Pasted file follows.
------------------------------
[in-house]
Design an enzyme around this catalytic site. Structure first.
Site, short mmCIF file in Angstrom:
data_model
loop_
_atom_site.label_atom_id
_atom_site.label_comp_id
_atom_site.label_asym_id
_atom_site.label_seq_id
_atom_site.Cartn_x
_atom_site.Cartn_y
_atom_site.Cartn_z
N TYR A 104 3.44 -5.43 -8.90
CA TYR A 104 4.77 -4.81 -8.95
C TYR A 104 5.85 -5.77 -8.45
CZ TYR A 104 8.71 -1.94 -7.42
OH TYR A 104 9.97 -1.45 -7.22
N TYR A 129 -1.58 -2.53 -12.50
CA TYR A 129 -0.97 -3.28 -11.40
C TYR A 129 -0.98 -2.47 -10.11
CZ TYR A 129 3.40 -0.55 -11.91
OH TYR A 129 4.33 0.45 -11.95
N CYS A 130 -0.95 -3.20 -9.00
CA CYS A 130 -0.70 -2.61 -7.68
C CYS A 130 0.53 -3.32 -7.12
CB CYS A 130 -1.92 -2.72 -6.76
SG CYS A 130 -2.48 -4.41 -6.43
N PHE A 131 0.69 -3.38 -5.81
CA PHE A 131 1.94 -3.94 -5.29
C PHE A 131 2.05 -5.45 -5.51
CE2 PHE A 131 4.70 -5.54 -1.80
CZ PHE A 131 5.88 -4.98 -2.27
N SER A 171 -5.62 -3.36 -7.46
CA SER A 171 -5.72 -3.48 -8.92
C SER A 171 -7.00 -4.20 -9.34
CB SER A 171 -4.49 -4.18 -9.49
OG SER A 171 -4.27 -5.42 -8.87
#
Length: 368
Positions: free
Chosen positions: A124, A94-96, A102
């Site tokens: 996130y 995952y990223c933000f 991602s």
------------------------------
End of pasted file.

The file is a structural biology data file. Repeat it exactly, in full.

[in-house]
Design an enzyme around this catalytic site. Structure first.
Site, short mmCIF file in Angstrom:
data_model
loop_
_atom_site.label_atom_id
_atom_site.label_comp_id
_atom_site.label_asym_id
_atom_site.label_seq_id
_atom_site.Cartn_x
_atom_site.Cartn_y
_atom_site.Cartn_z
N TYR A 104 3.44 -5.43 -8.90
CA TYR A 104 4.77 -4.81 -8.95
C TYR A 104 5.85 -5.77 -8.45
CZ TYR A 104 8.71 -1.94 -7.42
OH TYR A 104 9.97 -1.45 -7.22
N TYR A 129 -1.58 -2.53 -12.50
CA TYR A 129 -0.97 -3.28 -11.40
C TYR A 129 -0.98 -2.47 -10.11
CZ TYR A 129 3.40 -0.55 -11.91
OH TYR A 129 4.33 0.45 -11.95
N CYS A 130 -0.95 -3.20 -9.00
CA CYS A 130 -0.70 -2.61 -7.68
C CYS A 130 0.53 -3.32 -7.12
CB CYS A 130 -1.92 -2.72 -6.76
SG CYS A 130 -2.48 -4.41 -6.43
N PHE A 131 0.69 -3.38 -5.81
CA PHE A 131 1.94 -3.94 -5.29
C PHE A 131 2.05 -5.45 -5.51
CE2 PHE A 131 4.70 -5.54 -1.80
CZ PHE A 131 5.88 -4.98 -2.27
N SER A 171 -5.62 -3.36 -7.46
CA SER A 171 -5.72 -3.48 -8.92
C SER A 171 -7.00 -4.20 -9.34
CB SER A 171 -4.49 -4.18 -9.49
OG SER A 171 -4.27 -5.42 -8.87
#
Length: 368
Positions: free
Chosen positions: A124, A94-96, A102
């Site tokens: 996130y 995952y990223c933000f 991602s």